We explore some of Wikipedia’s oddities in our 6,150,520-week series, Wiki Wormhole.
This week’s entry: Ferret-Legging
What it’s about: An ill-advised, inhumane, and just plain idiotic sport that has somehow persisted for centuries. Also known as “put ’em down,” or the overly explanatory “ferret-down-trousers,” ferret-legging is an endurance test to see who can stand having a ferret down their pants the longest.
Biggest controversy: No one’s entirely sure where ferret-legging came from. Wikipedia says the sport became popular among Yorkshire coal miners in the 1970s, but it seems to have existed for centuries before that. It likely has humble roots, as there was a time when only wealthy Britons were allowed to keep animals for hunting, so poachers had to conceal their hunting companions. (Ferrets were long used to hunt rabbits, although nowadays they’re mostly just kept as pets.) Based on the dates mentioned here, the sports seems to have been a fad in the ’70s and ’80s, had a resurgence in the ’00s, and has largely died away, although ferret racing (in which the animals race through a length of pipe) seems to have replaced ferret-legging in the public’s imagination.
Strangest fact: Crocodile Dundee is a fan. Australian actor Paul Hogan went on The Tonight Show in 1996, ostensibly to promote a remake of Flipper, but instead spent the interview talking about ferret-legging, which he claimed was, “a new Australian Olympics event.” (The animals are illegal to keep as pets in much of the country.)
Thing we were happiest to learn: The animals don’t seem to mind. The Manitoba Ferret Association—an animal shelter that has held ferret-legging contests as fundraisers to help homeless ferrets—points out that the animals like enclosed spaces, although pants probably aren’t what evolution had in mind. More open to dispute is how dangerous the animals are to humans. On one side, there’s the Ferret Rescue League, who monitor ferret-legging contests to make sure no animals are harmed. The League claims that no contestant has ever been bitten on their watch, although a few scratches are to be expected; some contest organizers have characterized ferrets as “harmless fun-loving creatures.”
On the other side are those who see the essence of the sport as being able to “have your tool bitten and not care.” Wearing underwear is forbidden in ferret-legging, so the animals have easier access to both pant legs, not to mention the additional challenge for the competitor.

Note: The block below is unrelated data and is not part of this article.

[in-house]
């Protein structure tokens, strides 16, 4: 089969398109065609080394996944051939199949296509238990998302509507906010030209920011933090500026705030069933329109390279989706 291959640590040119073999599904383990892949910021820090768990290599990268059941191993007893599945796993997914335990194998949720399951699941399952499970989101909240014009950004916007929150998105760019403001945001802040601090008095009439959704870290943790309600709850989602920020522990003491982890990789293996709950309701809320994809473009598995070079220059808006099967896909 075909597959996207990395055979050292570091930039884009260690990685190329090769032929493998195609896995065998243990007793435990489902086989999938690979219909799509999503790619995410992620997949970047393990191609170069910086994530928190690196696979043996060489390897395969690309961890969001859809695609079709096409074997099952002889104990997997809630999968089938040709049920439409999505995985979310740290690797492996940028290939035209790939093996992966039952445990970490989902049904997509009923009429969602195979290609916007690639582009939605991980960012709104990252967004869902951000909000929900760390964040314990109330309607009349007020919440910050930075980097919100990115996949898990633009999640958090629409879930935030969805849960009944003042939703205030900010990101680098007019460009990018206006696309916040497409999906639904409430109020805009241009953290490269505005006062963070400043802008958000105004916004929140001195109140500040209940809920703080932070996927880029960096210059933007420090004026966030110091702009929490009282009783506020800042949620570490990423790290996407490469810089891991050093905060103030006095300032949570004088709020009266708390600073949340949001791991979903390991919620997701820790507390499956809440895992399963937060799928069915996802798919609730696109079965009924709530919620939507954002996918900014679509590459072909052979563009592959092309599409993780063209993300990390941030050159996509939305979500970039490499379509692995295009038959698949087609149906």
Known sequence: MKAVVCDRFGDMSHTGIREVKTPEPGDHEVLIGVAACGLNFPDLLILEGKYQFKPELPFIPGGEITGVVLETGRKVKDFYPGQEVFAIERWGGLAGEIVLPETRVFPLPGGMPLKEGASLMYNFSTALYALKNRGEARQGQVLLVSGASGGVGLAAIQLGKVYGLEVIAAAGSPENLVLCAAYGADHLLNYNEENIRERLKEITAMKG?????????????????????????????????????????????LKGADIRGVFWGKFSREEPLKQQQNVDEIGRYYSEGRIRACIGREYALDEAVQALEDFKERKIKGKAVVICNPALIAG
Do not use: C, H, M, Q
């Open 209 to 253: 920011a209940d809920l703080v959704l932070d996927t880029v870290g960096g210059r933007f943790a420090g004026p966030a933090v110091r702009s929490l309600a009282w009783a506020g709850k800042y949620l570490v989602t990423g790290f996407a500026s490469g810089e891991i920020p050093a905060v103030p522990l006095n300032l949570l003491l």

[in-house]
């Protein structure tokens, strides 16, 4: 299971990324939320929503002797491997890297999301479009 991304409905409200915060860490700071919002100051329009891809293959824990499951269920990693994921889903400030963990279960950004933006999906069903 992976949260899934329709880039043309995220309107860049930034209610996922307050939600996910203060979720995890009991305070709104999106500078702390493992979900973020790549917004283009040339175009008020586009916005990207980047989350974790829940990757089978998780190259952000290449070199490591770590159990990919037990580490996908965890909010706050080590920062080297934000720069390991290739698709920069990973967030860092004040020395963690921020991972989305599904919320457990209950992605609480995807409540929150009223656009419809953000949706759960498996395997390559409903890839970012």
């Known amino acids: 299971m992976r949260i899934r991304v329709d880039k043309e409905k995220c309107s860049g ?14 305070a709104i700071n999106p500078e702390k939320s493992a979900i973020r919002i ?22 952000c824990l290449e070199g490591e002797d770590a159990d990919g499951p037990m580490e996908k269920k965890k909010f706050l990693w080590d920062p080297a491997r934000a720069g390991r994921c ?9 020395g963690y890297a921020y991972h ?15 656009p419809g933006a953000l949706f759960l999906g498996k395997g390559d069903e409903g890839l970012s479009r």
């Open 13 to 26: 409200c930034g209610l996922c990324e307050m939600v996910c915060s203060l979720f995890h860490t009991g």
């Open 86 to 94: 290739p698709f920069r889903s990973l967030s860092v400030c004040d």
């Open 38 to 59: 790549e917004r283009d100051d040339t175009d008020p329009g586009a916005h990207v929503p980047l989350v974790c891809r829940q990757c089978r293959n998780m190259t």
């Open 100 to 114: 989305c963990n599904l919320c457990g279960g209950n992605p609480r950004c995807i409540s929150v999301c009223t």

Writing for Outside magazine, Don Katz described ferrets as “having claws like hypodermic needles and teeth like number 16 carpet tacks.” Series ferret-legging competitor Reg Mellor (see next entry) gives the Quint-like description that, on a bad day they can be “cannibals, things that live only to kill, that’ll eat your eyes out to get at your brain.” As of press time, we’re not aware of any incidents of ferret brain-eating, but then, as far as we know, no one’s held a competition to see who can keep a ferret under their hat the longest.
Thing we were unhappiest to learn: The sport manages to be both dangerous and boring. In 1972, when ferret-legging was in its infancy, the world record was 40 seconds. Within five years, the record was five hours and 10 minutes (and record-holder Edward Simpkins added a second ferret for the last 70 minutes). However, watching someone with a ferret in their pants was not riveting entertainment for the full five hours—even Simpkins played darts for some of that span.
In 1981, retired miner Reg Mellor set a new record at 5:26. His trick was making sure the ferrets were well-fed before competition began. He often hunted with ferrets, and often kept them in his pants to keep them out of the rain, so it’s likely the animals had already developed some level of comfort. But again, comfortable ferrets do not make for thrilling competition, so in 1986, when Mellor tried to break his own record and hit the six-hour mark, the assembled crowd of 2,500 got bored and left. By hour five, workman began dismantling the stage Mellor had arranged for the event. “Disillusioned and broken-hearted,” Mellor’s dreams of both setting a new record and starting an annual competition were shattered.
Best link to elsewhere on Wikipedia: Reg Mellor referred to his attempted six-hour record attempt as the “four-minute mile” of ferret-legging. The four-minute mile was an unreachable aspiration for distance runners everywhere until Roger Bannister broke the barrier in 1954. Running a four-minute mile requires the runner to maintain an average pace of 15 miles per hour for that duration. (By comparison, 8 mph is considered a brisk jog, and while Usain Bolt has reached 28 mph, that’s only for very short distances.) Sixty-six years of improved equipment and training later, hundreds of athletes have repeated Bannister’s feat, and it’s now considered a standard for competitive middle-distance runners. But metaphorically, it’s used in all variety of sport as a metaphor for a very high bar to clear. (That’s also a sports metaphor!)
Further Down the Wormhole: Former ferret-legging world record holder Edward Simpkins hailed from the Isle Of Wight, an island of less than 150 square miles in the English Channel just off the British mainland. King Charles I was imprisoned there before being executed; Queen Victoria and Prince Albert had a vacation home there. Other famous residents included Dickens, Keats, Tennyson, Robyn Hitchcock, Jeremy Irons, Anthony Minghella, David Niven, and naval captain Jeremiah Coghlan, who was legendary for his daring heroics during the Napoleonic Wars. Few figures in history have had as much written about them as Napoleon Bonaparte, but less has been written about his younger sister, Pauline Bonaparte, a fascinating figure in her own right. We’ll look at her colorful, scandalous life next week.